30 September 2009

Smashing The Cul-de-Sac Of Poetry: Is There A Noise Continuum? - Part 9

While William S Burroughs was plotting and cutting up texts in Paris, France, another iconic but yet lesser known figure was trying to revolutionise poetry from its two-dimensional staid cul-de-sac in France as well - Henri Chopin. Just like Burroughs, he was enthralled with the possibility of making poetry alive and more tactile once again since the heydays of dada by harnessing the seemingly boundless electrified potential of tape recorders. Poetry as sound, poetry as audio painting.

What Burroughs was doing in novel and prose, Chopin was pushing the boundaries with poetry albeit without the paranoid infected and conspiracy-loaded mindset of the Burroughsian worldview. Chopin was interested in the exploration of the grain of voice, the manipulation of the timbre of vocal utterance, the vibration of the larynx, the texture of throat emission, and of course the accompanying hiss and gasps of the medium of the art form, the recorder by liberating using the record, pause, stop and play buttons of the tool to often startling effect.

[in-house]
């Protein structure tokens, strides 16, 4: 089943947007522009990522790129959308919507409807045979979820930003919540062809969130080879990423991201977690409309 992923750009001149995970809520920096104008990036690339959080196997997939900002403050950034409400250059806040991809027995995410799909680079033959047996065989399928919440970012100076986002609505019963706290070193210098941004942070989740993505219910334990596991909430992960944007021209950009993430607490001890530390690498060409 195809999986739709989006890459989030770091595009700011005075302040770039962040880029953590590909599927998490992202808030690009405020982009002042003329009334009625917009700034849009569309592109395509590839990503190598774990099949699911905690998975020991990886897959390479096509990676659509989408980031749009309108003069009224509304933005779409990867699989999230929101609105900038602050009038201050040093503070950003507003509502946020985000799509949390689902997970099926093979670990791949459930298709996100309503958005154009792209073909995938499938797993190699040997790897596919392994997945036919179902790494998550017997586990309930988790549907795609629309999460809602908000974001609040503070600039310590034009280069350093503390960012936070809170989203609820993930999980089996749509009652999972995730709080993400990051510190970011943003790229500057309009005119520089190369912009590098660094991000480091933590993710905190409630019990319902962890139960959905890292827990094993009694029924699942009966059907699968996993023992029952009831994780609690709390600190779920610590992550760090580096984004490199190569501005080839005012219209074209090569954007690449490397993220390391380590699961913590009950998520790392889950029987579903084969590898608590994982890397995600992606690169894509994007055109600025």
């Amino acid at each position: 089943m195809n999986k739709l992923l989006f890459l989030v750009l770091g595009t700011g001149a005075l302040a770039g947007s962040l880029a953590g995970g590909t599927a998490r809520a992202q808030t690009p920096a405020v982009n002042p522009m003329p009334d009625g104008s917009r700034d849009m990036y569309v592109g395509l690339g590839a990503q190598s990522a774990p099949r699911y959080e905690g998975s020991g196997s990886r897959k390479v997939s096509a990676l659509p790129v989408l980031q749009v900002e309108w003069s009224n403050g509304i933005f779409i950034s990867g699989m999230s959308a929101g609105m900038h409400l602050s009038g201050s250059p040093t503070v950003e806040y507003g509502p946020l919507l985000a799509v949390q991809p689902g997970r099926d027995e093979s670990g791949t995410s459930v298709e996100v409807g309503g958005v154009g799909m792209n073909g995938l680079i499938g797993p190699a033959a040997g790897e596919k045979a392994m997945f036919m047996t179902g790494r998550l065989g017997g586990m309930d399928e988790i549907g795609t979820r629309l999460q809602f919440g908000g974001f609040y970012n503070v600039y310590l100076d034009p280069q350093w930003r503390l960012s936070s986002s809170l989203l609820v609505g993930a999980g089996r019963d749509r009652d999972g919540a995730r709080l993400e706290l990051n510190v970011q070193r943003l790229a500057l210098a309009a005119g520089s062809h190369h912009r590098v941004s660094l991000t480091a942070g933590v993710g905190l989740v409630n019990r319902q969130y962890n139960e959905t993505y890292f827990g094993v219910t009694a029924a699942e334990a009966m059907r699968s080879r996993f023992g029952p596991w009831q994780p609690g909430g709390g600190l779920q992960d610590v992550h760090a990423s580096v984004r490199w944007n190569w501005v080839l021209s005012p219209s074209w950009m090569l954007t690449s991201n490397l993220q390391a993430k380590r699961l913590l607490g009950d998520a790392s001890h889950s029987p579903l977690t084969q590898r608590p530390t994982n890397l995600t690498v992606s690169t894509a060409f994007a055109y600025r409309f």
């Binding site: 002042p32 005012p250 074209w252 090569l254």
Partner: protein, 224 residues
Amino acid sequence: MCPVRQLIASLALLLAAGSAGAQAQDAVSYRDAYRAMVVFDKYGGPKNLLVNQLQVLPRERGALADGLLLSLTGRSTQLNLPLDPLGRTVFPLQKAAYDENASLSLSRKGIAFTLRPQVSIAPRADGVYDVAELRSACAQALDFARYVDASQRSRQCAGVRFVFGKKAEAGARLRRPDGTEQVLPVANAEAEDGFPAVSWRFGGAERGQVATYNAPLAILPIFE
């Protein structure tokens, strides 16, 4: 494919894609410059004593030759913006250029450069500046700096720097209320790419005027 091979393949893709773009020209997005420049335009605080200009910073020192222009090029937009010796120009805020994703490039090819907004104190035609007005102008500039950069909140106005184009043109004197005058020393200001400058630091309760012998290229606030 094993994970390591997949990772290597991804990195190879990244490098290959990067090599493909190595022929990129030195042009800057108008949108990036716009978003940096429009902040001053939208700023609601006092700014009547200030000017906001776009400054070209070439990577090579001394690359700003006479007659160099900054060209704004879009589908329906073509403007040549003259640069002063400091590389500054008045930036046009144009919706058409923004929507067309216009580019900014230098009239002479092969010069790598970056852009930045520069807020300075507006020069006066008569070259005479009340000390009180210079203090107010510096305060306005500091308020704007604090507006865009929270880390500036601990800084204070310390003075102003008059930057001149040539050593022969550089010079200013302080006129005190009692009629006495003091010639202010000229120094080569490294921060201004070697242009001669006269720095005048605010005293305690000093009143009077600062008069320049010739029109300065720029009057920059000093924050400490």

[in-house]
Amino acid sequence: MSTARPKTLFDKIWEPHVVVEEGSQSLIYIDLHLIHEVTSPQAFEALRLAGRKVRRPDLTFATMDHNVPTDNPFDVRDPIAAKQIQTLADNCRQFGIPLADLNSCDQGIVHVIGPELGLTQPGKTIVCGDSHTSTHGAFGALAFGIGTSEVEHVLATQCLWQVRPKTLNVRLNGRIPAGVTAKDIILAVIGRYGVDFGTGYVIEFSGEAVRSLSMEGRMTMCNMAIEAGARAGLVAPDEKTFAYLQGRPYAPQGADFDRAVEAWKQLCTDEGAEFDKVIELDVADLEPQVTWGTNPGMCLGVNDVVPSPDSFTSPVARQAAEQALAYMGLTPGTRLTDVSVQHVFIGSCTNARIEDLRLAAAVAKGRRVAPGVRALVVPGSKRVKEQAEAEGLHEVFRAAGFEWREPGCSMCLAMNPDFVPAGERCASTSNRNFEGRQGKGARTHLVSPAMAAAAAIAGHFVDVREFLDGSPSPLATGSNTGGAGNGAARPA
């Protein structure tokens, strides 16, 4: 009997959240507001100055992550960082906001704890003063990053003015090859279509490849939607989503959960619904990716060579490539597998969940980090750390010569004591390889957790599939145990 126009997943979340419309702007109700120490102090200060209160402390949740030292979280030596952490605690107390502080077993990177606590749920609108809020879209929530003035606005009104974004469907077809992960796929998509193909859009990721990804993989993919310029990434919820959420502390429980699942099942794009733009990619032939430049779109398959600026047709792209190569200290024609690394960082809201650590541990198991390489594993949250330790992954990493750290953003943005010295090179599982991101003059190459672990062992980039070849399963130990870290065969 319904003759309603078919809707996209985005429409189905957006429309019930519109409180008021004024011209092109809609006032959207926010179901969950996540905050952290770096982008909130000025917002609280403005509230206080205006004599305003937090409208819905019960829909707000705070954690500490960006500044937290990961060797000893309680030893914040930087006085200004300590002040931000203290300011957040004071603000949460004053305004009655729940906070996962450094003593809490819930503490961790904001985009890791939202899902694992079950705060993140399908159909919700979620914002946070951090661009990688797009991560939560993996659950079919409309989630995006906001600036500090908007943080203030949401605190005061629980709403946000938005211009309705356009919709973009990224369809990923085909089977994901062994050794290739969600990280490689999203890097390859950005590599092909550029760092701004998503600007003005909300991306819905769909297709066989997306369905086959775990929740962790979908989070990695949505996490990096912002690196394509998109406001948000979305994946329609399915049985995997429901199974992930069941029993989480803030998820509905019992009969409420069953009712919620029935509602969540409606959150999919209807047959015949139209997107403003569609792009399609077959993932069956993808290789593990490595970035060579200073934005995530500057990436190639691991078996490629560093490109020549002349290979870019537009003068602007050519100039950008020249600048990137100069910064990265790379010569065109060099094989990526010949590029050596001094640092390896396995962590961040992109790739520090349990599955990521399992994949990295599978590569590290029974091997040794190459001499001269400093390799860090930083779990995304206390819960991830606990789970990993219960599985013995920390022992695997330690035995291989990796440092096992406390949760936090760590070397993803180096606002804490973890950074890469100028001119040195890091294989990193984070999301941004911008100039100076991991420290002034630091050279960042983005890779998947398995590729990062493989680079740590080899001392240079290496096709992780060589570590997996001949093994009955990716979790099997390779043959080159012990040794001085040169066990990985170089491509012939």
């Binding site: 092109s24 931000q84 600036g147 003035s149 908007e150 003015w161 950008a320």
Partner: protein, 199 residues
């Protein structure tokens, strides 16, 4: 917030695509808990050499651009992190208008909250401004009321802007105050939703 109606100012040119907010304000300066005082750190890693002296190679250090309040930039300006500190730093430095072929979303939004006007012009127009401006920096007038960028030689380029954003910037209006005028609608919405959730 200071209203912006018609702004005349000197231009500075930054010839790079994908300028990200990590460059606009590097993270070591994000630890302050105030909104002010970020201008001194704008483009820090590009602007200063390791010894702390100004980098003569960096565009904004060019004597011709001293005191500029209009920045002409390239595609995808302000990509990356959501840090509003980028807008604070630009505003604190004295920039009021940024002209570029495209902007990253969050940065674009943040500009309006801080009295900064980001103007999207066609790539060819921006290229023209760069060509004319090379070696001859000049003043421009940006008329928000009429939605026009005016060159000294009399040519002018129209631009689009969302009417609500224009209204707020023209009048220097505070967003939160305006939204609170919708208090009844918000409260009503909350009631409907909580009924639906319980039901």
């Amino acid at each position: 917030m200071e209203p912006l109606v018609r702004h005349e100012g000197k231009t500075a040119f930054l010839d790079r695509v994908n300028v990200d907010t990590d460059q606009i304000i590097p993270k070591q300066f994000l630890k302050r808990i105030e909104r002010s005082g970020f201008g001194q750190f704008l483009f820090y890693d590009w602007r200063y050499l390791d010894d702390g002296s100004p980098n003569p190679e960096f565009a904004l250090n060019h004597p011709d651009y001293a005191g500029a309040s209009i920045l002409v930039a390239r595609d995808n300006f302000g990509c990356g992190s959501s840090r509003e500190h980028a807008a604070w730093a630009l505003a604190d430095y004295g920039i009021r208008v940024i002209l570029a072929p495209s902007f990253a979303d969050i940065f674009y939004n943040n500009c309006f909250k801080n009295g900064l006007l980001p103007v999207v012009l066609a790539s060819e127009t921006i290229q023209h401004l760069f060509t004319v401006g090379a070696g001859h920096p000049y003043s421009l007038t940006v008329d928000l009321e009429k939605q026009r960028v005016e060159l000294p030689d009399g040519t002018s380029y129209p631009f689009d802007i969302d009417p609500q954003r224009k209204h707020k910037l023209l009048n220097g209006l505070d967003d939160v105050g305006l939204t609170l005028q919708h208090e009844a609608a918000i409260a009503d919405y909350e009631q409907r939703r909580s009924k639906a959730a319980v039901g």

Chopin basically pioneered the breaking down the artificial markers between music and language by proposing in his various experiments of the corporealisation of poetry as an art form and as a medium of expression. He viewed poetry as quinessentially a form of energy which we should actively tap and re-channel to greater efficiency and efficacy.

To many he was also a figurehead of the various strains of mid-twentieth century avantgarde movements which spanned across post dada, lettrists, fluxus, etc in his editiorship of the sound/poetry magazine OU from the 1960s to the 1970s which featured works from Burroughs and Brion Gysin to Bob Cobbing, from Raoul Hausmann to Ake Hodell and many more which have been excellently compiled and released as a deluxe boxset by Alga Marghen a few years back.

A true visionary who believed in the transformative power of language as human sound as noise as art. Today his influence can be felt in many noisicians who are exploring the interface between electronic tools, the human voice and noise.

Go to Chopin to find out more.

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